The Fight to Save the Farm

The Fight to Save the Farm

Greenspace Not Brownstone Presents ... a Word to the Wise

This Thursday, your voice counts! Brownstone Homes
and WRG Design want to bulldoze a sustainability
education center located inside Portland on seven
acres surrounded by lush forest, just above a
steelhead-bearing creek. Their plan to turn the land
notched into Tryon Creek State Park into 23
high-impact condos faces massive environmental and
engineering challenges. But the dollar signs are
flashing in their eyes. They need to know just how
much opposition there is in this city to such a
foolish waste.

On Thursday, hundreds of Portland residents will give
them a word to the wise. Your voice counts! (Feel
free to call them any day, of course. They might need

Give 'em a call!

Randall C. Myers, President
Brownstone Homes LLC
12670 SW 68th Pkwy, Suite 200
Portland, OR 97223
phone: (503) 598-7565 fax: (503) 620-9965

Trina Buitron Whitman, Project Manager
WRG Design
5415 SW Westgate Dr, Suite 100
Portland, OR 97221
phone: (503) 419-2500 fax: (503) 419-2600 cell: (503)

Talking points:

"I'm calling to register my concerns with your
development of 11640 SW Boones Ferry Rd."

1. This is the wrong project for this place. Inside
the Park, so close to the creek, bulldozing this Farm
into a standard high-impact development is a

2. We won't let it happen. As a Type III Land Use
Review, this very public process will be highly
politicized. Not only local residents, but I and my
friends and people throughout the city that love this
land and what it symbolizes will make their voices as
widely heard as possible.

3. Your project will eventually, inevitably, become
too costly to complete. Some developers in the area
are losing money heavily because they overestimated
the market and underestimated the cost. Now add PR
liability and legal fees, and unpredictable
pre-development requirements, and the financial choice
becomes obvious.

4. Pulling out now is the right thing to do. You've
seen all the reports and the studies, and you know the
problems. As a good public citizen, the wisest and
best thing is to acknowledge the facts and withdraw
before any damage is done.


11640 SW Boones Ferry Rd is 7 acres of wooded cliffs
and sloping meadow, surrounded on three sides by Tryon
Creek State Park, a 650 acre urban state park founded
in the early 1970s through extended community
mobilization. The property is about 400 feet uphill
from Tryon Creek, a sediment-limited steelhead-bearing
protected waterway. It is the largest open piece of
land bordering the park left so close to the creek.

Brownstone Homes and WRG Design have yet to file their
formal application with the city. According to the
pre-app, Brownstone plans 23 high-end, oversized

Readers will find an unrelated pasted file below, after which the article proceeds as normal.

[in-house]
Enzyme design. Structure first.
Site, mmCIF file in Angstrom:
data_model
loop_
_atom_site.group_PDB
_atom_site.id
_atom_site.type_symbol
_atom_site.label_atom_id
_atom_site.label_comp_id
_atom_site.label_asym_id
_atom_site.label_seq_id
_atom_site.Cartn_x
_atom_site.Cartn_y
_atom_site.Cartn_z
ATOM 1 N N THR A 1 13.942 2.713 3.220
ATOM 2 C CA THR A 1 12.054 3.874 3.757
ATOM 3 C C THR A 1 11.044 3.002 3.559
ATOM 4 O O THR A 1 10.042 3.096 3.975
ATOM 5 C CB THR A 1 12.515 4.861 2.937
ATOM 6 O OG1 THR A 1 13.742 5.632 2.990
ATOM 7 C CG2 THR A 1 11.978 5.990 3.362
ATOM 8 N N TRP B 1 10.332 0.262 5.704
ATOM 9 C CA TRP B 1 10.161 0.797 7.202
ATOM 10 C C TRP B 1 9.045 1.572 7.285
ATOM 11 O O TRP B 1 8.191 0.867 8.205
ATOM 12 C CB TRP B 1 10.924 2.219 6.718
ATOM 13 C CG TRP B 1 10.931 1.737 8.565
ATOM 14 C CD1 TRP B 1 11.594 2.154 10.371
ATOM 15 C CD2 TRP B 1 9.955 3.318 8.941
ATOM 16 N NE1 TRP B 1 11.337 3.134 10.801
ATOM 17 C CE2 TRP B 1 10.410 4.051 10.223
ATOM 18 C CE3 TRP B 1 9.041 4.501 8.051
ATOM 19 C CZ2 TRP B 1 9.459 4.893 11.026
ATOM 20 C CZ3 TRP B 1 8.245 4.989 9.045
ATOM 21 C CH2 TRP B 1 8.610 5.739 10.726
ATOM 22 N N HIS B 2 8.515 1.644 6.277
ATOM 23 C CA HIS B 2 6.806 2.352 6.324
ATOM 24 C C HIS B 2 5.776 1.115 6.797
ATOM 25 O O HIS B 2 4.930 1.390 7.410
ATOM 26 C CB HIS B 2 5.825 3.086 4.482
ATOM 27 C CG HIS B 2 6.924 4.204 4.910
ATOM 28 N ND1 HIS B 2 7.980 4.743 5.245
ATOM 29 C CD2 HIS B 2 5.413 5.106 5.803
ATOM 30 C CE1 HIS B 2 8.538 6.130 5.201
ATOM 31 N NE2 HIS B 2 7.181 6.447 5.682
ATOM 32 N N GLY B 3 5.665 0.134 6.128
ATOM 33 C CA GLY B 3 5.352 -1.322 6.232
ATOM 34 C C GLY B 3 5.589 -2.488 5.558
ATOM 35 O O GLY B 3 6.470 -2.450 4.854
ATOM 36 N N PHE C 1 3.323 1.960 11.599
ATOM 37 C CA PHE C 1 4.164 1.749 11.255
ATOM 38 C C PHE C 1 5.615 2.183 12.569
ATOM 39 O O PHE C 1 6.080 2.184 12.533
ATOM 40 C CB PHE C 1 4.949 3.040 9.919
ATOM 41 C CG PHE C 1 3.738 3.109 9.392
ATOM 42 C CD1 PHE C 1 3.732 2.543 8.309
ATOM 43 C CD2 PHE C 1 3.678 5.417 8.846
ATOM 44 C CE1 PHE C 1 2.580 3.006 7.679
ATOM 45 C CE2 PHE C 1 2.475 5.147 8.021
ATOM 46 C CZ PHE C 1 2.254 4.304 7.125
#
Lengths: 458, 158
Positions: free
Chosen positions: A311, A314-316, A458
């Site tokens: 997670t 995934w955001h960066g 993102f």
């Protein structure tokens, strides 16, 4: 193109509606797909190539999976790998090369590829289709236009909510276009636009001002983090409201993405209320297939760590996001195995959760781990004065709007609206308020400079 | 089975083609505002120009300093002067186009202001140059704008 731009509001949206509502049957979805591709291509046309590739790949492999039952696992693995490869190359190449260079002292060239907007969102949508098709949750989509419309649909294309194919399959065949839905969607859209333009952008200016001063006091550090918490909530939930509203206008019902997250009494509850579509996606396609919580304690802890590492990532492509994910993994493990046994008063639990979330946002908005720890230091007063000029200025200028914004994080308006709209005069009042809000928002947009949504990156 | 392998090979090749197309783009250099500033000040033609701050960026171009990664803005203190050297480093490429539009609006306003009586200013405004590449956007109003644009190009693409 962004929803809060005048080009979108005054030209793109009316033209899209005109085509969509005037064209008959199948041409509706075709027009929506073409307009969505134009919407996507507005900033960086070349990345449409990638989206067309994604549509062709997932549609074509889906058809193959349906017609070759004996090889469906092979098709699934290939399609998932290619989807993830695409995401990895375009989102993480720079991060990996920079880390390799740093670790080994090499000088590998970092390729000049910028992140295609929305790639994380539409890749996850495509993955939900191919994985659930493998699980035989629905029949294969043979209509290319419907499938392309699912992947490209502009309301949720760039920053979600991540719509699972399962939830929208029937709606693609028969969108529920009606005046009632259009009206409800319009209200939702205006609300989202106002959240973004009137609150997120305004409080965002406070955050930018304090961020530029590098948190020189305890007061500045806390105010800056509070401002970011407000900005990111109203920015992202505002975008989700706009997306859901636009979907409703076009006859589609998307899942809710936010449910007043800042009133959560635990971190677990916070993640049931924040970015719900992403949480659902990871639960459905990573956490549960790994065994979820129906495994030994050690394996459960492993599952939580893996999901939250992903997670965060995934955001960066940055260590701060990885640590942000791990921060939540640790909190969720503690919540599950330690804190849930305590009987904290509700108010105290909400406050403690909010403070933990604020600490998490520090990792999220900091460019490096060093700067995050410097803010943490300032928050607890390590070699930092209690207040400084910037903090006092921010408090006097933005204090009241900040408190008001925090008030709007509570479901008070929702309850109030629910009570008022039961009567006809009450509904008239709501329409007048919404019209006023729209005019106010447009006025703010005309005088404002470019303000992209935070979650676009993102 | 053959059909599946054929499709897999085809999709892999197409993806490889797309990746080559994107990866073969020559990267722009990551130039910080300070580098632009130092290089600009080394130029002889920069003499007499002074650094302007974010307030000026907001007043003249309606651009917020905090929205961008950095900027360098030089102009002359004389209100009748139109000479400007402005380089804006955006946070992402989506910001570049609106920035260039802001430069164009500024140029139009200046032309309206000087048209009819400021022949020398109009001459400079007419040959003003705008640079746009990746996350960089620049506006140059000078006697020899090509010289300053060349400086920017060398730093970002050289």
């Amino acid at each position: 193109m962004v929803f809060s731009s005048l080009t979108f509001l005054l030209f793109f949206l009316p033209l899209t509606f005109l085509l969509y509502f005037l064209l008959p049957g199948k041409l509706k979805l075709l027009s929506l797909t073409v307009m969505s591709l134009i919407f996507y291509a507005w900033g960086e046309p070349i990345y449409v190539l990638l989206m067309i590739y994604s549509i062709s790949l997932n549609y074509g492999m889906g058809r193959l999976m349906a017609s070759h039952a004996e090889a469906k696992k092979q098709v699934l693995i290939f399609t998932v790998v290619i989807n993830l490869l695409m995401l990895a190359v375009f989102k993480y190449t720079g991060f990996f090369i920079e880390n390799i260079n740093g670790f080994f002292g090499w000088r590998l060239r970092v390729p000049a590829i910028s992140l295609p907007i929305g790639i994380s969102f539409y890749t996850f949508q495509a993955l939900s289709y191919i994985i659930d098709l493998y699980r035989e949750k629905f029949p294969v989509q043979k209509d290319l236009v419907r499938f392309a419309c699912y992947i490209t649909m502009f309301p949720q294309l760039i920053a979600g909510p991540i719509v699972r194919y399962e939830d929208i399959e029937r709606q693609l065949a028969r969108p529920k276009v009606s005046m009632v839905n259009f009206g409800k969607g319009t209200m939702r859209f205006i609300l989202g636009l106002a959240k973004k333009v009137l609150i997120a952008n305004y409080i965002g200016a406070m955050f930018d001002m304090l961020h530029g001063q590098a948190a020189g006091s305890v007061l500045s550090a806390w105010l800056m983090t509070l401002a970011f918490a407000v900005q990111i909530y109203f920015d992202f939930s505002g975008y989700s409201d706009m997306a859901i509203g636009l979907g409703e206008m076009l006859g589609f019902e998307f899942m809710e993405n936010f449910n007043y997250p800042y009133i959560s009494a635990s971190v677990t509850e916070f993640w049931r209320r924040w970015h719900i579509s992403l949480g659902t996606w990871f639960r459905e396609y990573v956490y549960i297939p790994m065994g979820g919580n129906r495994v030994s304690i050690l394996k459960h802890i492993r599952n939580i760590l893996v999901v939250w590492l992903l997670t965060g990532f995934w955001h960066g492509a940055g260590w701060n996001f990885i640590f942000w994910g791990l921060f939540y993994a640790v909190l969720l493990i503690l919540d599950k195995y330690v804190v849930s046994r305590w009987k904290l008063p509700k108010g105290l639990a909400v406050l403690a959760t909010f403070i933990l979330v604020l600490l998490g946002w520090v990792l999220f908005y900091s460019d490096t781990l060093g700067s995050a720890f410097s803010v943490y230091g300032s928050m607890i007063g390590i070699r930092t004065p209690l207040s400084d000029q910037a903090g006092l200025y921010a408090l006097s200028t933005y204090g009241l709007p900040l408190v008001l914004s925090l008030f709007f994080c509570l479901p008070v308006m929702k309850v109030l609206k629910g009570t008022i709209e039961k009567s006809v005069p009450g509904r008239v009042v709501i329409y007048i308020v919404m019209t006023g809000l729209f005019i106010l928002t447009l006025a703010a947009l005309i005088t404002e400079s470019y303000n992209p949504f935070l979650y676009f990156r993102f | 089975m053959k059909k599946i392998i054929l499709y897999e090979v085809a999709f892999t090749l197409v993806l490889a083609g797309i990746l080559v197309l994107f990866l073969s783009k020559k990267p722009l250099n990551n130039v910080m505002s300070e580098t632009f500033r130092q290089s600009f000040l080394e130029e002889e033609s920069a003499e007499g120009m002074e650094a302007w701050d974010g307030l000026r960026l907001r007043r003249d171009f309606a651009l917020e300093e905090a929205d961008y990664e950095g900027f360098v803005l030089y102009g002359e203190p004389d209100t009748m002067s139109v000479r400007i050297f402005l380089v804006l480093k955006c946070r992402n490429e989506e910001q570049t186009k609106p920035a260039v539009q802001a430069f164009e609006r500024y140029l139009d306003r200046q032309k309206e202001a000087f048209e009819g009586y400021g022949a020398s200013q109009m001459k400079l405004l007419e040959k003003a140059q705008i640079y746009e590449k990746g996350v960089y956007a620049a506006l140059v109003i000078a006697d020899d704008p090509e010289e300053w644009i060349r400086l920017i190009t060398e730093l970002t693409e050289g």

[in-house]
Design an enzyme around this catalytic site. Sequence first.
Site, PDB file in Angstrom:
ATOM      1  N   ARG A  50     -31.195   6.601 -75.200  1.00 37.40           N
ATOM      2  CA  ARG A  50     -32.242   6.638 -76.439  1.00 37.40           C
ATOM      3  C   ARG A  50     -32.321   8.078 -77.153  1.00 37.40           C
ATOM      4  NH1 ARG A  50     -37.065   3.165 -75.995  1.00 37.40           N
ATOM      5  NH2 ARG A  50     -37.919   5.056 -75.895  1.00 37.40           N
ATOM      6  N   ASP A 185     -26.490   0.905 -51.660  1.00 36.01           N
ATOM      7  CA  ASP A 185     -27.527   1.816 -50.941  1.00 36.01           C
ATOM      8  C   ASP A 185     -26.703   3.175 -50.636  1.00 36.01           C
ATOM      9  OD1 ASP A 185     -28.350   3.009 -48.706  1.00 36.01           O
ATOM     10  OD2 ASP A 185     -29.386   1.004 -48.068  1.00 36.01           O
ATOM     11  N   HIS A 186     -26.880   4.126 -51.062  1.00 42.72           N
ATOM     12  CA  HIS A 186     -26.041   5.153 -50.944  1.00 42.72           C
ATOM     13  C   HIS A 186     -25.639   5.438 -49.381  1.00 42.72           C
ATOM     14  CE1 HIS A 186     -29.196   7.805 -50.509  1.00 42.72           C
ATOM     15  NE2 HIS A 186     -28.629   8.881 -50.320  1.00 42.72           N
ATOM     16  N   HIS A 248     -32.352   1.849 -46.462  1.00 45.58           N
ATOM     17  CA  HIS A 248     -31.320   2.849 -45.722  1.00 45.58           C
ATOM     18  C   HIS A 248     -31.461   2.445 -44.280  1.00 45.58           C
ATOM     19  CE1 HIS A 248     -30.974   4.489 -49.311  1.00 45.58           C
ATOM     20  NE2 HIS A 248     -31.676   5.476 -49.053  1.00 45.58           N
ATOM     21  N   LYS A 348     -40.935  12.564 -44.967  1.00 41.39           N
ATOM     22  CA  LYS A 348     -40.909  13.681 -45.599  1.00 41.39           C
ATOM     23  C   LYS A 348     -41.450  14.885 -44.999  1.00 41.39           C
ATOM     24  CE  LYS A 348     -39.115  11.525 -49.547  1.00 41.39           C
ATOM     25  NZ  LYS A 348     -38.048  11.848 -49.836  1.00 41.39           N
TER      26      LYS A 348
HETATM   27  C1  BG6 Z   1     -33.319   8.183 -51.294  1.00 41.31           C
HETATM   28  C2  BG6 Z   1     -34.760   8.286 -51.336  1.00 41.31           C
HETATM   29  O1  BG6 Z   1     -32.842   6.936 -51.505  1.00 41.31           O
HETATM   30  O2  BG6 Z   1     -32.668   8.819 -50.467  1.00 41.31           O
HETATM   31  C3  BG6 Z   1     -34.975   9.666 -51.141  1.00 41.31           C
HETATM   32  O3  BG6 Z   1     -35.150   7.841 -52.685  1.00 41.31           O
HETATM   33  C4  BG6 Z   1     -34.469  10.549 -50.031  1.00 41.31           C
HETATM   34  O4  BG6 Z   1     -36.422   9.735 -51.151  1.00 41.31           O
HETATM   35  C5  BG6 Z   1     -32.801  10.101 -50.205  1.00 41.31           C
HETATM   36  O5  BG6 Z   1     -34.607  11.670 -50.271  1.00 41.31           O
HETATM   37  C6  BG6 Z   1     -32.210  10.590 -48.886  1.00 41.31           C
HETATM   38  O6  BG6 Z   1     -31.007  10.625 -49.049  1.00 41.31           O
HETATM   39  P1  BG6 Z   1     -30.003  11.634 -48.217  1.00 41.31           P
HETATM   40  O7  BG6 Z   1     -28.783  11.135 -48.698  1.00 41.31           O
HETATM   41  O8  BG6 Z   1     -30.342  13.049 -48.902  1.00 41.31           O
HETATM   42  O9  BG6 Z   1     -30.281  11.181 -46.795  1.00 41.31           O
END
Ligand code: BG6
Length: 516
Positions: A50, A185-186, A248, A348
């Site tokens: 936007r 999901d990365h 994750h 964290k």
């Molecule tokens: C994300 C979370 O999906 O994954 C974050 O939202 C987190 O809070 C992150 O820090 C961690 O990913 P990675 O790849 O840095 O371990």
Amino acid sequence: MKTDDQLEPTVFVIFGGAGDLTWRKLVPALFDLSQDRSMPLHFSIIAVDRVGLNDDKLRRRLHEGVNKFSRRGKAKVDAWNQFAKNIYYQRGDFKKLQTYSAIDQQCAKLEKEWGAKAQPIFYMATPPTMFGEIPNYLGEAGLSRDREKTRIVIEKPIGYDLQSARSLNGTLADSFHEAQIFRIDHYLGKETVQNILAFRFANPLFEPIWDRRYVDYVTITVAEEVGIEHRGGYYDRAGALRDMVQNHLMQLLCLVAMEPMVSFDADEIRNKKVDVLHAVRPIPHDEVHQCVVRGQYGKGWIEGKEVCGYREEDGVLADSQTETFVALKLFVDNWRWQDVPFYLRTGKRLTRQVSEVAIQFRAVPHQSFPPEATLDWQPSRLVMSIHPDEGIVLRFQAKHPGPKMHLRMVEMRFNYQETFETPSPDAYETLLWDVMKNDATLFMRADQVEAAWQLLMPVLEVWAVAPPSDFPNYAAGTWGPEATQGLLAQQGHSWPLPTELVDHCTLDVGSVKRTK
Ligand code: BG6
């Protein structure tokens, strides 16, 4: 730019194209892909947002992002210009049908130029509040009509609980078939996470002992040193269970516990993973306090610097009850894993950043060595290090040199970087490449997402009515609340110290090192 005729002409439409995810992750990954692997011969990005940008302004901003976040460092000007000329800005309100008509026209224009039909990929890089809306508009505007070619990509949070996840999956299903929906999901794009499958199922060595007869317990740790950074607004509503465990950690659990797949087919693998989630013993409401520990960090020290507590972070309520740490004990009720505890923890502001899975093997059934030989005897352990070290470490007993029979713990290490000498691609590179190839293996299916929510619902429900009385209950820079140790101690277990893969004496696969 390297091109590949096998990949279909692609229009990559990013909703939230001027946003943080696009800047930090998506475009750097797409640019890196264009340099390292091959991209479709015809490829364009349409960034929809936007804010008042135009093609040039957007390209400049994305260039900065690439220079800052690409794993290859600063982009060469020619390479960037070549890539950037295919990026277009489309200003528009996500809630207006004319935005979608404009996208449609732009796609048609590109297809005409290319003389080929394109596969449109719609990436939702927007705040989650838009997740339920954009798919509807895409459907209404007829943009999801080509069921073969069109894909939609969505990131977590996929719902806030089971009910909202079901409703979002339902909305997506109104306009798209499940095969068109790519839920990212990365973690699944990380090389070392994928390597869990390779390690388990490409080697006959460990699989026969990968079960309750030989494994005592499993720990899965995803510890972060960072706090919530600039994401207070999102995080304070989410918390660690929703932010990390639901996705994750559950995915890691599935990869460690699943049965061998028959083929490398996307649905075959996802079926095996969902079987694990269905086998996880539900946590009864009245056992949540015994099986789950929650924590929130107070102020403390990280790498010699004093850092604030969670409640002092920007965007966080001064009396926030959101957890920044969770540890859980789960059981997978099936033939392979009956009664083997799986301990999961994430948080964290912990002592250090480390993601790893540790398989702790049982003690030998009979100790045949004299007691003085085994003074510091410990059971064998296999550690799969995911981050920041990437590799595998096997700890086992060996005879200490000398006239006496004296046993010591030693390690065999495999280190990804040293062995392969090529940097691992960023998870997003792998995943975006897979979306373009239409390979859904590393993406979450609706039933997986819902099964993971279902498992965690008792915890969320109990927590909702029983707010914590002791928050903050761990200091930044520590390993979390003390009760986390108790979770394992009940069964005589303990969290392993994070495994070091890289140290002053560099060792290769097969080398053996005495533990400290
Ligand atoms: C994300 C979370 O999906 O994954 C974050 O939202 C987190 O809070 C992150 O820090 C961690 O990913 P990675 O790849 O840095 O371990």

houses to be built on 5-6k sqft lots. They will have
to build a huge ramp up the 50' cliff and pump the
sewage to the road because the existing driveway
easement across the park will not be valid. They will
have to build a large stormwater trap that will
demonstrably prevent any additional runoff due to the
greatly increased impermeable surfaces. Their new
road meets Boones Ferry just north of a very dangerous
curve on which there has been 4 fatalities in the last
decade. To account for the massive pre-development
costs, Brownstone claims it will sell the houses for
$550k and up.

Two trails in the park approach near the boundary of
the land: the Boones Ferry trail, which parallels it
at about 30-50 feet for several hundred feet; and the
West Horse loop, which approaches within 15 feet of
the property. The new houses would approach within
five feet of the boundary, ten feet apart from each
other, creating a massive visual disturbance.

This development is opposed by virtually all
neighbors, the Friends of Tryon Creek, the Arnold
Creek Neighborhood Ass'n, and a multitude of others.
It would damage the watershed, impact important edge
habitat, and disrupt animal patterns. It would
undermine the beauty and peacefulness of one of the
most valuable parks in the region.

By opposing this development, citizens hold high the
vision and practice of another kind of urban density:
a density of healthy human interaction with
ecosystems, a density of education and demonstration,
of human care and detail without dense impact and
destruction. This place doesn't need another mushroom
patch housing development: it needs to become a taste
of the more sustainable world we know is possible.

Resources and Links

Following are some links to articles about the farm and community's efforts to save it:

The Fight To Save the Farm Article on Portland Indymedia site:

Indymedia article on Greenspace Not Brownstone

The Tryon Creek Farm Website